Whole Yeast Protein Extracts
Protein extracts were prepared using a method similar to a published procedure (Yaffe and Schatz, 1984). Briefly, 1 ml of a saturated, overnight YPD culture was added to 140 μl of 1.85 M NaOH/7.4% 2-mercaptoethanol. After 2 min at room temperature, 140 μl of 50% (wt/vol) trichloroacetic acid was added. The mixture was spun for 5 min at 4°C. After aspiration of supernatant, the pellet was washed with 95% ethanol and dried. The pellet was then resuspended in 100 μl of sample buffer and heated at 95°C for 5 min. After centrifugation, 1–5 μl were subjected to SDS-PAGE.
Indirect immunofluorescence was carried out as described (Rout et al., 1997). Briefly, yeast cells were fixed with 3.7% formaldehyde for 5 and 20 min. After digestion of the cell wall, spheroplasts were attached to glass slides. Protein A moieties were visualized by probing with rabbit IgG that had been preadsorbed to wild-type yeast spheroplasts (Cappel Laboratories, Malvern, PA) followed by Cy3-conjugated donkey anti–mouse IgG (Jackson ImmunoResearch, West Grove, PA). Nuclear DNA in fixed cells was visualized with 4′,6-diamidino-2-phenylindole (DAPI). Direct immunofluorescence was used to visualize live, unfixed cells transformed with a plasmid encoding an SV-40 NLS–green fluorescent protein (GFP) fusion (Shulga et al., 1996).
Cell Fractionation and Immunoisolation
Fractionation and immunoisolation of Sxm1–protein A (PrA) were as described (Aitchison et al., 1996). Briefly, postnuclear, postribosomal cytosol from 160 ml of a YPD culture with an OD600 of 1.6 was prepared. Rabbit IgG–Sepharose (Cappel Laboratories) was added to the cytosol. After overnight incubation, the Sepharose was extensively washed, and bound proteins were eluted with a step gradient from 50 to 4,500 mM MgCl2. For mass spectrometry and microsequencing, eluted fractions were precipitated and resolved on a 10–20% acrylamide gel (Novex, San Diego, CA).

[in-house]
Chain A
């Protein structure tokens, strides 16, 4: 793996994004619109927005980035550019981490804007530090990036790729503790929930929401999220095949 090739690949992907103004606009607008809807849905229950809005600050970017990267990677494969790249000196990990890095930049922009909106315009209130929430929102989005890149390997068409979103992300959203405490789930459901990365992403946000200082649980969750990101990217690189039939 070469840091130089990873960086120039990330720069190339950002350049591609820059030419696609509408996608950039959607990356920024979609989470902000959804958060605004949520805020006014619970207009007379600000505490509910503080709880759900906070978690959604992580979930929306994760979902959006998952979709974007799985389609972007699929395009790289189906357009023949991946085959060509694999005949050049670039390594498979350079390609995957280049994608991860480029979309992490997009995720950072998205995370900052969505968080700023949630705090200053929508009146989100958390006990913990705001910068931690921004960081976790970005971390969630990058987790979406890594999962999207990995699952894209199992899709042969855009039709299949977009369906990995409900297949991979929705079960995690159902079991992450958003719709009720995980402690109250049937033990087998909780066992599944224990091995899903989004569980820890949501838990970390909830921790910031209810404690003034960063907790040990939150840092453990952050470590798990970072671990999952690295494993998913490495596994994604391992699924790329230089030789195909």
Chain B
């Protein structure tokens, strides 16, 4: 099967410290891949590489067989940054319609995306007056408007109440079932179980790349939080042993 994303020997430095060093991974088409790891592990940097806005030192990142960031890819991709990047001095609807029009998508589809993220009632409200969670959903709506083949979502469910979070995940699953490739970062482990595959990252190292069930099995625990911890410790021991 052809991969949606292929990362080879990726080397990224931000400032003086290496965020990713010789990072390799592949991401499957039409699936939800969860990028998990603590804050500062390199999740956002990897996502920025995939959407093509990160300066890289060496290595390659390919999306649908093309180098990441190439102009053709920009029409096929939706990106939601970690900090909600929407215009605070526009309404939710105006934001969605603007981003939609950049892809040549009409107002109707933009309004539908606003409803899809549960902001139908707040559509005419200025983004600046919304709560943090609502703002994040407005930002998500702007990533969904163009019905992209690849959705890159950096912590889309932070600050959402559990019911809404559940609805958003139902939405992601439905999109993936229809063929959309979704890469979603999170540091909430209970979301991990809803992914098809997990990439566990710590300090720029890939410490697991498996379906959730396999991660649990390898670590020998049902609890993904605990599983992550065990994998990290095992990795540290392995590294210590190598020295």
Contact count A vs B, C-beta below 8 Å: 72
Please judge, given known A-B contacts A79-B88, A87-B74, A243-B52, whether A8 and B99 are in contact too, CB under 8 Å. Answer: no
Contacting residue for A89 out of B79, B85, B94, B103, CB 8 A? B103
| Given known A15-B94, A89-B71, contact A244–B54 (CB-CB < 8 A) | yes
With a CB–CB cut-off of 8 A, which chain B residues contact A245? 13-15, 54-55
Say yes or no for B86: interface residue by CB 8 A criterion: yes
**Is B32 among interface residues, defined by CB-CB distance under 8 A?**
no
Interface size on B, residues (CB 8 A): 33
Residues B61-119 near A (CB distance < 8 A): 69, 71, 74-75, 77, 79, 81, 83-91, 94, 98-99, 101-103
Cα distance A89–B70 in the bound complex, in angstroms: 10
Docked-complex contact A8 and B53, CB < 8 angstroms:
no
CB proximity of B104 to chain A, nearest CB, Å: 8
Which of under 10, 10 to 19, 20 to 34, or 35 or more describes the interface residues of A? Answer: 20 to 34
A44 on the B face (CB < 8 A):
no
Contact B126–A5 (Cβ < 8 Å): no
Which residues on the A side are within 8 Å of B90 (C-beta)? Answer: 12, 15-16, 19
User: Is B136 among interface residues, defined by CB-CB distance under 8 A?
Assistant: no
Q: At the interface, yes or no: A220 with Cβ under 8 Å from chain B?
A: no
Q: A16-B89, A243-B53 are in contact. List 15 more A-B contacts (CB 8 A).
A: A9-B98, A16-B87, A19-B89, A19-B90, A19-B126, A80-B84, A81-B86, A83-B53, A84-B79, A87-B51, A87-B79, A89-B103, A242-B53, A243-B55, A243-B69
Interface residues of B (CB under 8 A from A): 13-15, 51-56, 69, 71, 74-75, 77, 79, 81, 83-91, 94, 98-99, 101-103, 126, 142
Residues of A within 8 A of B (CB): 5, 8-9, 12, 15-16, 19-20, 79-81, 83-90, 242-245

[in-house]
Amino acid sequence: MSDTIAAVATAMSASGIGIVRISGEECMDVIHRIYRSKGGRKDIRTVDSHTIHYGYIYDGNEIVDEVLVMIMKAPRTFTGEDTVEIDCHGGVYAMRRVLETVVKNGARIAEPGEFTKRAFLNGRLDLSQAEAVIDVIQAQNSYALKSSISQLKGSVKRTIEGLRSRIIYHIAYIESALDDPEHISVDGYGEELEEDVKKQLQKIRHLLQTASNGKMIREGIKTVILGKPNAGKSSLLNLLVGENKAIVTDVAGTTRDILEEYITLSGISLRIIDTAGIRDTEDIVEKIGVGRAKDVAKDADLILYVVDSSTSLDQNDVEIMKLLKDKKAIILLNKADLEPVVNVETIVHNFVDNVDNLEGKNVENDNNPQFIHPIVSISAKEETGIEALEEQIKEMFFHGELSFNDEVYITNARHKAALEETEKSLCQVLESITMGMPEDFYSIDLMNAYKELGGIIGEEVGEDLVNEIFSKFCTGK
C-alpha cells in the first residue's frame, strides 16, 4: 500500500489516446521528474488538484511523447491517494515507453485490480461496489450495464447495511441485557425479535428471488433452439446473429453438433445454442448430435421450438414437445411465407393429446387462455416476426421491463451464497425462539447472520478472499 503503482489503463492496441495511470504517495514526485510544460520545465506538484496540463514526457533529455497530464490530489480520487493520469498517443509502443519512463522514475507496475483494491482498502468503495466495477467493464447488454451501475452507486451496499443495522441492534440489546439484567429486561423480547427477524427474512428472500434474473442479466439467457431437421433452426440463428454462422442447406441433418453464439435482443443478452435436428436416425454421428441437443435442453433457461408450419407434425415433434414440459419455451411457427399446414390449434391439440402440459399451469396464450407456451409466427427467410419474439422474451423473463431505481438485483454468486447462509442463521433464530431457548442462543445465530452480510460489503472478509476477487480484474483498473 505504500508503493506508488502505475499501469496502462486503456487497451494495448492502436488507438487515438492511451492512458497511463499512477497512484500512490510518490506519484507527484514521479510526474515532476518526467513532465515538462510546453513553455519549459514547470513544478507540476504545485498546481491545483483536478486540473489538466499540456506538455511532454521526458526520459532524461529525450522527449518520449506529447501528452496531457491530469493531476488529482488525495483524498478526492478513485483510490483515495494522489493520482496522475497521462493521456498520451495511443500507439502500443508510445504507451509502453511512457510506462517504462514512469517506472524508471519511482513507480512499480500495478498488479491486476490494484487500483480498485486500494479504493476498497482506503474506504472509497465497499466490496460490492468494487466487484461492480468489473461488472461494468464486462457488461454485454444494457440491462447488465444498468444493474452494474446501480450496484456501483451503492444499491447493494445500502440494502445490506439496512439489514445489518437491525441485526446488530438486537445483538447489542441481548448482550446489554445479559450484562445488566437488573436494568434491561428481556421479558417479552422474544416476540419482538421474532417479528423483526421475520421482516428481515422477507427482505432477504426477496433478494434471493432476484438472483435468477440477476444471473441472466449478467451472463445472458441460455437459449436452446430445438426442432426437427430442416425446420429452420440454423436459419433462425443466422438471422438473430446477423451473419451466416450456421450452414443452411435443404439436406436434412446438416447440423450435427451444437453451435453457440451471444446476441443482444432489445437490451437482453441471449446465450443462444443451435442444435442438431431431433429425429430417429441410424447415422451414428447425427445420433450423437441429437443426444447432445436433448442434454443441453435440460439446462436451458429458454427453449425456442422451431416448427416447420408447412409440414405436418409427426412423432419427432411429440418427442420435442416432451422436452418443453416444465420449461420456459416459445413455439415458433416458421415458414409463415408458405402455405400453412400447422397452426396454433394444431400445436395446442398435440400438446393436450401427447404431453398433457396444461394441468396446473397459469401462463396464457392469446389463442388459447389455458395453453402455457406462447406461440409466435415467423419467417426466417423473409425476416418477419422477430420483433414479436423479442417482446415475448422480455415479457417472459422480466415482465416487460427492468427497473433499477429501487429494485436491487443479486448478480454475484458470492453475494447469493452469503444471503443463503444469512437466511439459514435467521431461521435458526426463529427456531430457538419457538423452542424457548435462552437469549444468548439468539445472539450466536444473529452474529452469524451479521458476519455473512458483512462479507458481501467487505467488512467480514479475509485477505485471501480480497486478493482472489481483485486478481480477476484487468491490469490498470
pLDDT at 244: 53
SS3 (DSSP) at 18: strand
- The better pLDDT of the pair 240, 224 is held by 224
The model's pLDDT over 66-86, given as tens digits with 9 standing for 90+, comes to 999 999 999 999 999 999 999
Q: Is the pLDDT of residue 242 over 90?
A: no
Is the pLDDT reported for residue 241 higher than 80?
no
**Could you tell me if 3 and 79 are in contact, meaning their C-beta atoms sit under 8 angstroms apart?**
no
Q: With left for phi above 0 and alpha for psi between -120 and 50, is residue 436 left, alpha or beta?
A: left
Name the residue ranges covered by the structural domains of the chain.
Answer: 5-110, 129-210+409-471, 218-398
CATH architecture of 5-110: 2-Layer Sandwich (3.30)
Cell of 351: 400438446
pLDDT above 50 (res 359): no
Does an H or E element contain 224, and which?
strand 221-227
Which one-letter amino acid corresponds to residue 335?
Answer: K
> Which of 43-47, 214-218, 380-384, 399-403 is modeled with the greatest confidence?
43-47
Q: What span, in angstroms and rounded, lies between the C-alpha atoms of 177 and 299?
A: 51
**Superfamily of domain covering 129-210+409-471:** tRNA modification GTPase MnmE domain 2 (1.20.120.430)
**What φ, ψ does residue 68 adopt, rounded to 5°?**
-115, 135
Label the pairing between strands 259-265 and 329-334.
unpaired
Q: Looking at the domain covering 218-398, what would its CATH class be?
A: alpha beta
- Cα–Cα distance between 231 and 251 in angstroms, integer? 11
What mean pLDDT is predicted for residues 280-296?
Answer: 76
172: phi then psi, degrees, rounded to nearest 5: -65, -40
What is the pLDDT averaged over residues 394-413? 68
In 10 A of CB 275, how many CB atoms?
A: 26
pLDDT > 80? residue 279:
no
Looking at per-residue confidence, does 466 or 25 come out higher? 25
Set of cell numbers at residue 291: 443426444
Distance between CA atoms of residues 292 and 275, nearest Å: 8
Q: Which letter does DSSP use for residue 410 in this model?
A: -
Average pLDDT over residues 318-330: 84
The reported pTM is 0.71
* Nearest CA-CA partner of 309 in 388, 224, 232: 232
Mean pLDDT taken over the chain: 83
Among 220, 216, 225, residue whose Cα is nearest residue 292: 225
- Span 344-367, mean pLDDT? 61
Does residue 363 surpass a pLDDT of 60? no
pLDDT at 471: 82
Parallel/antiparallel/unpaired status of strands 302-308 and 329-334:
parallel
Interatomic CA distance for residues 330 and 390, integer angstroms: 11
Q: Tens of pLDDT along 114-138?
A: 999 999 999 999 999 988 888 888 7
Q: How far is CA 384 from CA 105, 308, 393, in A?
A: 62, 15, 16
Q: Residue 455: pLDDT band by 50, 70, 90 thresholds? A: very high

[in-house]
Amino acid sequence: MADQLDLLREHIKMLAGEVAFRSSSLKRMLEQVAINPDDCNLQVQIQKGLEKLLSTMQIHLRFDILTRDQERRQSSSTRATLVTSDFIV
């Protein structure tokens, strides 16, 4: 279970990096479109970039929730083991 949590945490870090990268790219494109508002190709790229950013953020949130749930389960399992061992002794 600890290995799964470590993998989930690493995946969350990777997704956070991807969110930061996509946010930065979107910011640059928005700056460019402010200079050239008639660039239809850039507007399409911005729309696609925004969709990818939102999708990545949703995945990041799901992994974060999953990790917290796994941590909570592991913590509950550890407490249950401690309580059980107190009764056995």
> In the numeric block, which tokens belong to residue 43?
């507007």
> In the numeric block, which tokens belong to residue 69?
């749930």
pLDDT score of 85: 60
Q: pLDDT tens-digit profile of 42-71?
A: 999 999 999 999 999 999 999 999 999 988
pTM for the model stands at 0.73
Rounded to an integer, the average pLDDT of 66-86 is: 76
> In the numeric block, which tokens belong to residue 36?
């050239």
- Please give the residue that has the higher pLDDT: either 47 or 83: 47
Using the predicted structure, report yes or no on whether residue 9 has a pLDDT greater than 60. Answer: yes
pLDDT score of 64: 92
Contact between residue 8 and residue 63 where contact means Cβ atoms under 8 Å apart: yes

Northern blot to analyze pre-tRNA processing was as described (Yoo and Wolin, 1997) with minor modifications. Briefly, total RNA from ∼3 × 107 cells was isolated using Tri Reagent (Sigma Chemical Co., St. Louis, MO) according to the manufacturer's instructions. This RNA was separated on a 10% TBE-Urea gel (Novex) and transferred in a tank apparatus to Hybond-N (Amersham Corp., Arlington, Heights). To assess overall RNA integrity, the samples were loaded in duplicate, and the half that was not transferred was stained with ethidium bromide and visualized with UV light. Oligonucleotides (Yoo and Wolin, 1997) and hybridization conditions (Tarn et al., 1995) have been described.